Good Luck Recipes for the New Year!

Posted on : December 28th, 2017

Toasting the New YearHappy New Year! Good-bye 2017! Just let it go and remember that every new year, every new day, really, offers the promise of a brand new start. What do you wish to create this coming year? Let me help you make your dreams come true—with holiday traditions from around the world that are thought to bring good luck! And guess what? A lot of them include food and a few of them feature almonds!

In the United States, of course, it is traditional to toast the New Year with wine or champagne and kiss the one you love at the stroke of midnight. In German and English folklore, it was believed that the first person you met at the beginning of the new year could determine whether you had good or bad luck in the year to come. Best to hedge your bets and make sure someone you love is by your side and kiss them quick to ensure your year will be filled with joy!

Want to make that kiss even more exciting? Hold hands and leap in the air before that kiss! In Denmark people climb up on chairs and jump at the stroke of midnight. By taking their feet off the ground in the final moments of the year, they symbolically leave all the negativity (or “bad spirits”) of the previous year behind and leap into a brand new fresh one.

Food Traditions for Good Luck

Ready for a few good luck charms for ringing in the New Year by eating? In Japan you’d eat noodle soup. Slurping long soba noodles—being careful not bite them!—is said to bring you long life. In Spain people quickly eat 12 sweet grapes at midnight to bring sweetness to every month of the year. In the U.S. South people eat black-eyed peas for luck in the New Year. Eat them with collard greens for money and cornbread for gold. Then we get to the idea of bringing good fortune to the ring of the year by eating circular food or those in the shape of a ring. Donuts, for example, are eaten in Holland. Yum! Sounds good to me! But now, finally, we get to some almond desserts!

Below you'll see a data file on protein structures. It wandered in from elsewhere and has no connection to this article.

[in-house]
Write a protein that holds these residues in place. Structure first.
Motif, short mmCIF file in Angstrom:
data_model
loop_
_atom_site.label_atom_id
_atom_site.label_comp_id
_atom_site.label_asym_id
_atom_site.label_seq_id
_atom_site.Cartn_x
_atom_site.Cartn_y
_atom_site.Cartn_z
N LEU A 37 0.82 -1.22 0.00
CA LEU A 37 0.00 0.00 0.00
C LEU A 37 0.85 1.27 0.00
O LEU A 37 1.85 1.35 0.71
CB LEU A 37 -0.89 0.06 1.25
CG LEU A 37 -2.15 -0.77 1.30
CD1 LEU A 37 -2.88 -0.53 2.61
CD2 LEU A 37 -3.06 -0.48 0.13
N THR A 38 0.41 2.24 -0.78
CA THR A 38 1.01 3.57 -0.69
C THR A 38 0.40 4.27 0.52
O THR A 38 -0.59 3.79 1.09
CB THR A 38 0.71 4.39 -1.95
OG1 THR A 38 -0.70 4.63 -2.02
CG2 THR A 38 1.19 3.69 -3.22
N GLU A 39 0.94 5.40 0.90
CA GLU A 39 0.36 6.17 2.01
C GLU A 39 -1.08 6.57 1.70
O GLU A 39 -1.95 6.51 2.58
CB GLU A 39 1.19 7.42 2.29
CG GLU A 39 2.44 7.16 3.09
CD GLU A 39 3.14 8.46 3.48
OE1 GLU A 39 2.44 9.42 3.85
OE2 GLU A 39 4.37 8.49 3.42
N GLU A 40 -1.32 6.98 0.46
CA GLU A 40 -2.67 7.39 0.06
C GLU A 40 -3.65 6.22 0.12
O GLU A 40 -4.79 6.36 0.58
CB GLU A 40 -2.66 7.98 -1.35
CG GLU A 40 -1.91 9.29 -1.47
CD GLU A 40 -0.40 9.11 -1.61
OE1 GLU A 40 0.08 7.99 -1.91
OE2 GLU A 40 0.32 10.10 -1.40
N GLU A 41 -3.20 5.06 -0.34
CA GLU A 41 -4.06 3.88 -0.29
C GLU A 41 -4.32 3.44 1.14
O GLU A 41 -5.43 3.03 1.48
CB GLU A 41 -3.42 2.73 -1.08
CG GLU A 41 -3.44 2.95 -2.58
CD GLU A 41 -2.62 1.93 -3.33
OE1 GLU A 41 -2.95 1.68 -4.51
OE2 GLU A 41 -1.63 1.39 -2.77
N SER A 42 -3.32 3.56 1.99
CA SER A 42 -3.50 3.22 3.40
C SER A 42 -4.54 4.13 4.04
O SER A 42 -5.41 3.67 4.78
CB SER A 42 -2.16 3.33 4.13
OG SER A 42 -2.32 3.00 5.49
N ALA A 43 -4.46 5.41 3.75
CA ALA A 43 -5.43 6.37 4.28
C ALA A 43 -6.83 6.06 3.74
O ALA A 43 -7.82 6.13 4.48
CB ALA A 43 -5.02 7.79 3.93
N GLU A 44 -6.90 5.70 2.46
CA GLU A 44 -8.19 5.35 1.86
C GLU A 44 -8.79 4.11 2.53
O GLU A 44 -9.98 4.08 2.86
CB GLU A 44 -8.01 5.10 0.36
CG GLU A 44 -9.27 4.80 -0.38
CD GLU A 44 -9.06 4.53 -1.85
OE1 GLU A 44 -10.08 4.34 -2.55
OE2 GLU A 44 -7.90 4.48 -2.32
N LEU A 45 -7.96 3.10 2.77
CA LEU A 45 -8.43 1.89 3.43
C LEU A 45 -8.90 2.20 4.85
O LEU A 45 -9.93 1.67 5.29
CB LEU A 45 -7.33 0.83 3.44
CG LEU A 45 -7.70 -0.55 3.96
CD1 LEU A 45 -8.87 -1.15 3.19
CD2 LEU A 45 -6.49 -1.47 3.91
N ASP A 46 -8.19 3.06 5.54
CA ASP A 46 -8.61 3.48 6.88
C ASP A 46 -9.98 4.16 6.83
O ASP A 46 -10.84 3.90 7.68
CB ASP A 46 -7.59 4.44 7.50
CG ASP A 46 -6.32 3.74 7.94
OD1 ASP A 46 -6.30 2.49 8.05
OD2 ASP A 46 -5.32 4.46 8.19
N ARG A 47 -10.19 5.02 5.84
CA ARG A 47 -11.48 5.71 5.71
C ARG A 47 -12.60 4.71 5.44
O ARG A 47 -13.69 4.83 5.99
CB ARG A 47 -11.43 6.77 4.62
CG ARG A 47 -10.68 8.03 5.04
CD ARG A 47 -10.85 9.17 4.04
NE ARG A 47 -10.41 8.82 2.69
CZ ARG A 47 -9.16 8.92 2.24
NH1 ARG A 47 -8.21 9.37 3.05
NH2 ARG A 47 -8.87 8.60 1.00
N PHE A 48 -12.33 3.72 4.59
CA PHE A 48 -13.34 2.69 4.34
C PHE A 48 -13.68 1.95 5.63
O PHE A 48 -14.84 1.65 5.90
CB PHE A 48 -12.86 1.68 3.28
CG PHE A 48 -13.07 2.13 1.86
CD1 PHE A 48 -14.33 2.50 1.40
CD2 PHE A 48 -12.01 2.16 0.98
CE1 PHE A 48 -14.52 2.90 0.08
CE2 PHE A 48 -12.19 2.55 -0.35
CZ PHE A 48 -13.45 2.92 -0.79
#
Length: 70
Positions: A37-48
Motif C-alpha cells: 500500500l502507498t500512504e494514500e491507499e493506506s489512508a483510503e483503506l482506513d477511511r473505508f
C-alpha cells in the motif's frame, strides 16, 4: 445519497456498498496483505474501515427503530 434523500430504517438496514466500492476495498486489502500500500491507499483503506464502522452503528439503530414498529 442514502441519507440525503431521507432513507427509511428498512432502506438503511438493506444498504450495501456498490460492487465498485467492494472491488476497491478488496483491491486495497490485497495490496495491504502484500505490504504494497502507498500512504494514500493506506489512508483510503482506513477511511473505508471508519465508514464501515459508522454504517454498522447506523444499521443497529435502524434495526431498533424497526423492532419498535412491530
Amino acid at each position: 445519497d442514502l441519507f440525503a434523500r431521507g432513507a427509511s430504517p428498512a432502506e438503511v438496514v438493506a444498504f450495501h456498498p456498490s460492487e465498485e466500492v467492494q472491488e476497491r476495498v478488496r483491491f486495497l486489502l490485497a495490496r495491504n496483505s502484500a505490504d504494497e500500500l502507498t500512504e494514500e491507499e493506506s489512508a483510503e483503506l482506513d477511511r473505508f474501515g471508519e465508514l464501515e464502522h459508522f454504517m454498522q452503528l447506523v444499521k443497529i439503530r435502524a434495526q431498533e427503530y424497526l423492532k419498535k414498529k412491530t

Take the idea of cake in the shape of a ring, make various sizes of them out of almonds, sugar and egg whites, stack them to form something that looks a bit like a Christmas Tree, and decorate with white icing, flags or other items. That’s Kransekake, an amazing-looking dessert served in Norway and Denmark on special occasions like weddings, Christmas or New Year’s Eve. To be honest, there’s a reason to have this on special occasions—it’s way too time-consuming to make for an average day! But it sure is an impressive dessert! This recipe gave the most clear instructions designed using American measurements that I have seen. It uses natural almonds that are blanched and ground in a food processor and almond paste that they include instructions for as well. And it has the added benefits of being gluten, wheat, and butter-free!

By Caesar (Own work) [CC BY-SA 3.0 (], via Wikimedia Commons

Julegrot or Risgrynsgröt (Swedish Rice Pudding)

Prefer something less daunting? Well then, now you’ve come to my favorite New Year’s Eve food tradition because it’s one of my favorite desserts and SO EASY! Make up your favorite rice pudding recipe (or buy some ready-made at the store—I have no shame when it comes to this kind of thing!). Spoon into serving dishes, dust with cinnamon and hide a whole almond in the center. The tradition—which comes from Sweden and Finland— is to hide the almond only in one dish. The lucky person who gets the almond has especially good luck for the entire year or even wins a prize. But why not give an almond to everyone? Spread that luck around! Here’s a traditional Swedish recipe, known as Julegrot or Risgrynsgröt.

May you have many wonderful blessings in the year to come!

1) Kransakake photo used by permission of  Jonathunder (Own work) [CC BY-SA 3.0 ( or GFDL (], via Wikimedia Commons, 2) Swedish Rice Pudding photo used by permission of Caesar (Own work) [CC BY-SA 3.0 (], via Wikimedia Commons

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